Painted Rooms: Chris Pastras and Josh Feldman
A native of New Jersey, Chris Pastras is known for a spontaneous creativity in everything he touches, primarily manifesting
itself in art and skateboarding. Cofounder and longtime art director for Stereo Skateboards, he has had a huge influence
on today’s skate and street art scene. His sketches bring together an imaginative, forward design and a whimsical touch
that can only come from a true original. His works have shown in exhibitions worldwide, including Stockholm, Vancouver,
London, Tokyo, Los Angeles and New York. Chris currently resides in Los Angeles.
Chris Pastras blessed the walls of room 410 with a life size painting of his dreamlike cityscapes and flowing cursive
handwriting which he dubbed San Francisco Love.
Photographer: Isaac McKay-Randozzi
"I had a lot of fun creating the mural. All it took was
getting lost in it," Pastras says. "Once you tap into that passion for
what you're doing you can't stop whether it's skating,
painting, writing, or driving on the highway.|
I lived in SF for most of my adult life and it's the
most inspiring city for me creatively. I'm in love
with the architecture, the weather, the hills, the
people, all of it. That's why I called the piece San
Francisco Love and walking around the city for five hours
was all I needed to get my inspiration."
On Wednesday, October 26th, 2005, San Francisco Love was completed and celebrated with an open exhibition for all
attendees to see. Chris and his business partner, Jason
Lee, lined an entire floor of the hotel to a showcase of Stereo Sound Agency skateboards.
Though Josh Feldman has always followed creative channels—architecture, sound, motion graphics, graphic design, and film, to name a few—in the end, he decided that he simply needed to create his own genre of art.
“I call it ‘clusteral abstracts,’” he says. “It’s a visual approach I’ve been refining for last ten years. I use the computer to create textural backgrounds for web sites as well as fine art. Back in 1995 I was doing this type of textural, layered, organic imagery. I’ve been refining and working on it ever since. It’s simply what works for me. When I think of creating a new piece of art, this is what excites me.”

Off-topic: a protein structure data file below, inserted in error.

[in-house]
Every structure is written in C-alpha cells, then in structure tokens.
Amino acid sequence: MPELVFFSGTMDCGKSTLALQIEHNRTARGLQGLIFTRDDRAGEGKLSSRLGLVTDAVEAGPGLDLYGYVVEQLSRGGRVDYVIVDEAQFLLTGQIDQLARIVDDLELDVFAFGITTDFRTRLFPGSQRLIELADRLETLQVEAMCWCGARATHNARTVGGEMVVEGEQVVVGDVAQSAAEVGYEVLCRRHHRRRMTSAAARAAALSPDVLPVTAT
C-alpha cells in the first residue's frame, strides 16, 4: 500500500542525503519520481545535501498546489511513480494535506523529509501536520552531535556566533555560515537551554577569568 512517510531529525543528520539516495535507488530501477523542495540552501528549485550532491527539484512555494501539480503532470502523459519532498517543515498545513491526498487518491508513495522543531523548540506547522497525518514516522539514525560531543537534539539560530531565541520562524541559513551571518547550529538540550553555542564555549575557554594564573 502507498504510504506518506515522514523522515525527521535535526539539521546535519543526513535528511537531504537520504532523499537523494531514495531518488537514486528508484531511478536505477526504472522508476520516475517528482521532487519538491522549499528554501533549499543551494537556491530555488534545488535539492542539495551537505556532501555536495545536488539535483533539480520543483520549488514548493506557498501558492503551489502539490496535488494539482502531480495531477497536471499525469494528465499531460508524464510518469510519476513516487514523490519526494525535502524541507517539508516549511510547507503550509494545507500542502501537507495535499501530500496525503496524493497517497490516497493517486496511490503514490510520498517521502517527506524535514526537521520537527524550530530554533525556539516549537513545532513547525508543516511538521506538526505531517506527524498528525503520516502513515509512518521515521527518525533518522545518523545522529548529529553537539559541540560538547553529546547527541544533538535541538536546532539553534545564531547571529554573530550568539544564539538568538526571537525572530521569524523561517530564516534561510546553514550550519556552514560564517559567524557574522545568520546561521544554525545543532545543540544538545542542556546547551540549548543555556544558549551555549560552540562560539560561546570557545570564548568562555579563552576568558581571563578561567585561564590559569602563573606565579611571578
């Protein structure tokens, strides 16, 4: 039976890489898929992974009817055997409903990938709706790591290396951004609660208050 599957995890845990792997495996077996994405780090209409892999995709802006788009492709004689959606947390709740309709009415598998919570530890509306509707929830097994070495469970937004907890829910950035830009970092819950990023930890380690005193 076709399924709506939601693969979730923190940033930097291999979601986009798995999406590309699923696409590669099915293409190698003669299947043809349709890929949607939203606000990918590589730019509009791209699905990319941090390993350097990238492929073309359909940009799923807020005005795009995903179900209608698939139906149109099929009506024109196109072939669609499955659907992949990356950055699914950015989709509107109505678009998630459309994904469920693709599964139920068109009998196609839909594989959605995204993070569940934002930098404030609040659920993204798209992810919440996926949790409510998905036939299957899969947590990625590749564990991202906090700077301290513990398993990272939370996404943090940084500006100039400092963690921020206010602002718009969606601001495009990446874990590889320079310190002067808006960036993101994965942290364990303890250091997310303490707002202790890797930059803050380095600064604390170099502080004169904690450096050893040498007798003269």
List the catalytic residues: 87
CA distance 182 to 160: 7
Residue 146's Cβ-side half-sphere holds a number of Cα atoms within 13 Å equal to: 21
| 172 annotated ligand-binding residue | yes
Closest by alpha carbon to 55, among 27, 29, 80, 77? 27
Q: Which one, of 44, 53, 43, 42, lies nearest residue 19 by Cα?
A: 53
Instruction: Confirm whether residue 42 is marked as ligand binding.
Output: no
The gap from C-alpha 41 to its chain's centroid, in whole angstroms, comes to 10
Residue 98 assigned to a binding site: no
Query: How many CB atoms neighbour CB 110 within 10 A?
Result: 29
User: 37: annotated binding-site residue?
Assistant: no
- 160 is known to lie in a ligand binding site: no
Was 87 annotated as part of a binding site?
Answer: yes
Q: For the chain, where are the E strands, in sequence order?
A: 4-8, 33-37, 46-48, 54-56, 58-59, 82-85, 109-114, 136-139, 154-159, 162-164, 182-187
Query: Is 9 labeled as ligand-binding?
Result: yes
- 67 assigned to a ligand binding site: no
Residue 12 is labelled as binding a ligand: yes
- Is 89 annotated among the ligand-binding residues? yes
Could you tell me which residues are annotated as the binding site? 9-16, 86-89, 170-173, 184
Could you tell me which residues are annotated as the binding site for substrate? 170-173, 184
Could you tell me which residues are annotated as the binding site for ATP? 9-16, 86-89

Feldman attributes his interest in computer-generated forms partly to his growing up in Bay Area, which he lauds for its “open adoption of technology” and “freedom to do anything I wanted: starting a company, or trying a certain strain of art.”
A design degree from Rhode Island School of Design and year-long stint in Europe also figure strongly into his aesthetic. But creating art that requires printing also presented a challenge as he envisioned his “Painted” Room.
“Because I’m not a painter, my thought was not ‘grab a paintbrush and start on the walls,’” Feldman explains. “I tried to figure out what works in that setting, but also what would be ‘me.’ The approach was an installation that used physical pieces as well as art. I used to do prop lighting, and have used light as an artistic medium for a while now. In the room I combined distinct pieces arranged on a certain way on a wall, with projections of light on the other wall that complemented the work”
As an added feature for people who stay overnight in his room, Feldman also installed an additional light switch next to the wall. At night, hotel guests can choose their own atmosphere, opting to view only the projections, if they like.
Feldman’s “clusteral abstracts” have earned him a far-reaching following. In the past two years alone, he has appeared in over 20 group and solo exhibitions, including shows in Toronto, Oslo, Annapolis and Philadelphia.